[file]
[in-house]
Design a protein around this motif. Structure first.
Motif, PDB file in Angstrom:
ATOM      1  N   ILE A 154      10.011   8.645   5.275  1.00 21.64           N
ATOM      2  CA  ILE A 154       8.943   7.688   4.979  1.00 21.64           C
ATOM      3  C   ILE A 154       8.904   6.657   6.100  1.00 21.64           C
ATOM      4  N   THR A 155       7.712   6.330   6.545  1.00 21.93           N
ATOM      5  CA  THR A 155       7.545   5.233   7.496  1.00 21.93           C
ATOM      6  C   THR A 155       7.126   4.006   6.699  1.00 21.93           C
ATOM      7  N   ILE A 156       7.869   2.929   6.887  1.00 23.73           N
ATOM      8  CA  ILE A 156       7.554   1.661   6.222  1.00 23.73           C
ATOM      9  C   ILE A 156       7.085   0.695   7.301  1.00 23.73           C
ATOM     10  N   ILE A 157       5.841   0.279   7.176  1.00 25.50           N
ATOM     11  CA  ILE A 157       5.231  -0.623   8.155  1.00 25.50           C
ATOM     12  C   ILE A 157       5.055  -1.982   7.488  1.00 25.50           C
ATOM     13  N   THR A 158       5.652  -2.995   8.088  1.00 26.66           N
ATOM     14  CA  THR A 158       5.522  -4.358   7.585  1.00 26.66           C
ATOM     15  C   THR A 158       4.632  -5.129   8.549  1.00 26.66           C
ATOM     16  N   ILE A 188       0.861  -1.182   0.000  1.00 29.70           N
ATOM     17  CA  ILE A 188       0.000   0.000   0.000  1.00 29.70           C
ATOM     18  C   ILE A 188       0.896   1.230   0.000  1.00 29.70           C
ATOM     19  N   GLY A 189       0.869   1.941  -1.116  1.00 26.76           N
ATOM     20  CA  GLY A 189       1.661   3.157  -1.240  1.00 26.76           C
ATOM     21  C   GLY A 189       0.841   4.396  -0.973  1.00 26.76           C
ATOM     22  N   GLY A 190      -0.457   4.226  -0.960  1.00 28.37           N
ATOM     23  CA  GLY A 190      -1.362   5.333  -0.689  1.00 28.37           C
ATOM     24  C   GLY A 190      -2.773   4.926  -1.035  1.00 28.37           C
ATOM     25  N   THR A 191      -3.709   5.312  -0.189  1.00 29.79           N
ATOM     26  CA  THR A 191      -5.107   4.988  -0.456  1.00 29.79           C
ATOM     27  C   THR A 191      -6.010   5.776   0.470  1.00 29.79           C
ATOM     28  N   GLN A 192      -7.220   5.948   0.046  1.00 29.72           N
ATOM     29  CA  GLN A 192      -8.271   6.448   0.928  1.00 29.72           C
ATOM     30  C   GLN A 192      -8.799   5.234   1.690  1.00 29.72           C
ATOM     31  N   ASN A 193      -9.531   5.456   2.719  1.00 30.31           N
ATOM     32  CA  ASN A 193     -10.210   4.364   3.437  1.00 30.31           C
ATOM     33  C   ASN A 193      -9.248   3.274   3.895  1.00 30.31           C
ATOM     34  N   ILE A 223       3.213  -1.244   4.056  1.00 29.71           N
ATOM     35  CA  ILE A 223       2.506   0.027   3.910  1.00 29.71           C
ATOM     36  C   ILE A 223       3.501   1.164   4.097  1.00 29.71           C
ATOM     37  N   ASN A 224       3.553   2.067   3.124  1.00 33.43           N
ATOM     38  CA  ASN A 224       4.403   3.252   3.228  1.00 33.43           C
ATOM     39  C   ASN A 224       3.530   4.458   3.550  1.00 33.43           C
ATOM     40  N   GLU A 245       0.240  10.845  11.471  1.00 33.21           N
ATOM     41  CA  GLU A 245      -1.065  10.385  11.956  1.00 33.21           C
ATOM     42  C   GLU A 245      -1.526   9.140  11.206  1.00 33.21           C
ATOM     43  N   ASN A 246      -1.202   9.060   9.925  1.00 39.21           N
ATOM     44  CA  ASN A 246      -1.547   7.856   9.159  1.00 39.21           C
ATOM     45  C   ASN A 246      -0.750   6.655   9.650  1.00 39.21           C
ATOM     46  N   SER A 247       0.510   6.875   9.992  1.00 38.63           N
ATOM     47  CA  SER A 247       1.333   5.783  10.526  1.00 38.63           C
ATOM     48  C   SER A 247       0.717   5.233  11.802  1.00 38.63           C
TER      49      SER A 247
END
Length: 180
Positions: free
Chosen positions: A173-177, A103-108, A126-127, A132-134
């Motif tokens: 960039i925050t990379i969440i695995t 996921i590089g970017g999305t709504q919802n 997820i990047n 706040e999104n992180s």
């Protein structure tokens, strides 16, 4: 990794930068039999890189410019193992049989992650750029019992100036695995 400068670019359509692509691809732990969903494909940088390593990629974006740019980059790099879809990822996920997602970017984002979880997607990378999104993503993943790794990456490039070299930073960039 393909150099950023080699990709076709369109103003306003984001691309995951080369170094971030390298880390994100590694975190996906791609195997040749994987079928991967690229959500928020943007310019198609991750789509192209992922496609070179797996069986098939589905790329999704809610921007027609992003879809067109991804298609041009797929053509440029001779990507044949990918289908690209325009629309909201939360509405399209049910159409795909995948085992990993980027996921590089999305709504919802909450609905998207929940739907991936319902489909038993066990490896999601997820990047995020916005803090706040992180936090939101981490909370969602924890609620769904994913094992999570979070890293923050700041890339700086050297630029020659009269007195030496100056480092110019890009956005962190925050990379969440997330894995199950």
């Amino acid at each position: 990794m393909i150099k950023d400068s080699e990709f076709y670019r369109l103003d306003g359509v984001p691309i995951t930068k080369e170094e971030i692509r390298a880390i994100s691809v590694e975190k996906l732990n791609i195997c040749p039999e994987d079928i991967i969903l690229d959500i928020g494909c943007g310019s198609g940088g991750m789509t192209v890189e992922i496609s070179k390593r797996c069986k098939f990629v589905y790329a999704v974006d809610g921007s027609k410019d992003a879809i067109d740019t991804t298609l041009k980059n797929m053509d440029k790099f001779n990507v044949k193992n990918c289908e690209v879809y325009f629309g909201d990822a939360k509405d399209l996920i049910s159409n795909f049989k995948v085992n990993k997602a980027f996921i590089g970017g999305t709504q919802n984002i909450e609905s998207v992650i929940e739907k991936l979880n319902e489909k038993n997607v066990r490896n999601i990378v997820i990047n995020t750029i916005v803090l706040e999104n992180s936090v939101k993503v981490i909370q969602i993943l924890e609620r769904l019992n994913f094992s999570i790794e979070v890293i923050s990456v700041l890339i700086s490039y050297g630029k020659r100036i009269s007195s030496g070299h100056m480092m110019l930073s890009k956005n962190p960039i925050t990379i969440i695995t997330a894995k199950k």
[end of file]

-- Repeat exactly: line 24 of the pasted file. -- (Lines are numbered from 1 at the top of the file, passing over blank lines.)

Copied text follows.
ATOM     21  C   GLY A 189       0.841   4.396  -0.973  1.00 26.76           C